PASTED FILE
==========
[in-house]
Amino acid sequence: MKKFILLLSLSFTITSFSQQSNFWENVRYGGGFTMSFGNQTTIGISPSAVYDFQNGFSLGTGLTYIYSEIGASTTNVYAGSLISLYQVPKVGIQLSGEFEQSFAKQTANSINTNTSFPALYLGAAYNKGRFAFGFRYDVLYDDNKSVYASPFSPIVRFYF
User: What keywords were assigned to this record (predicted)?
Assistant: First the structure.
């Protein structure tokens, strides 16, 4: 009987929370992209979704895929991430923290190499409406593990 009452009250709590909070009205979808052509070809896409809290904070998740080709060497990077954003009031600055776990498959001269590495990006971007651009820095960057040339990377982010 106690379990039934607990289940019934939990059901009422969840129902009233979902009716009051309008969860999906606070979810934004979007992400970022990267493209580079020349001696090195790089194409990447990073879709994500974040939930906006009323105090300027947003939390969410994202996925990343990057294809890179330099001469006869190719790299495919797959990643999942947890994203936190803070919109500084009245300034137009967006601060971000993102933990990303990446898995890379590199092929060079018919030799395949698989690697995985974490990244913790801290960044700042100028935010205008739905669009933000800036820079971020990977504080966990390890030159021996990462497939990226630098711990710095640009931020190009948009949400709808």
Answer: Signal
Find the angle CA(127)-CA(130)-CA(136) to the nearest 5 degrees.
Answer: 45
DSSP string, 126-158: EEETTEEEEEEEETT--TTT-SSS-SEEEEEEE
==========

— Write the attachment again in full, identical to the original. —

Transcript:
[in-house]
Amino acid sequence: MKKFILLLSLSFTITSFSQQSNFWENVRYGGGFTMSFGNQTTIGISPSAVYDFQNGFSLGTGLTYIYSEIGASTTNVYAGSLISLYQVPKVGIQLSGEFEQSFAKQTANSINTNTSFPALYLGAAYNKGRFAFGFRYDVLYDDNKSVYASPFSPIVRFYF
User: What keywords were assigned to this record (predicted)?
Assistant: First the structure.
């Protein structure tokens, strides 16, 4: 009987929370992209979704895929991430923290190499409406593990 009452009250709590909070009205979808052509070809896409809290904070998740080709060497990077954003009031600055776990498959001269590495990006971007651009820095960057040339990377982010 106690379990039934607990289940019934939990059901009422969840129902009233979902009716009051309008969860999906606070979810934004979007992400970022990267493209580079020349001696090195790089194409990447990073879709994500974040939930906006009323105090300027947003939390969410994202996925990343990057294809890179330099001469006869190719790299495919797959990643999942947890994203936190803070919109500084009245300034137009967006601060971000993102933990990303990446898995890379590199092929060079018919030799395949698989690697995985974490990244913790801290960044700042100028935010205008739905669009933000800036820079971020990977504080966990390890030159021996990462497939990226630098711990710095640009931020190009948009949400709808």
Answer: Signal
Find the angle CA(127)-CA(130)-CA(136) to the nearest 5 degrees.
Answer: 45
DSSP string, 126-158: EEETTEEEEEEEETT--TTT-SSS-SEEEEEEE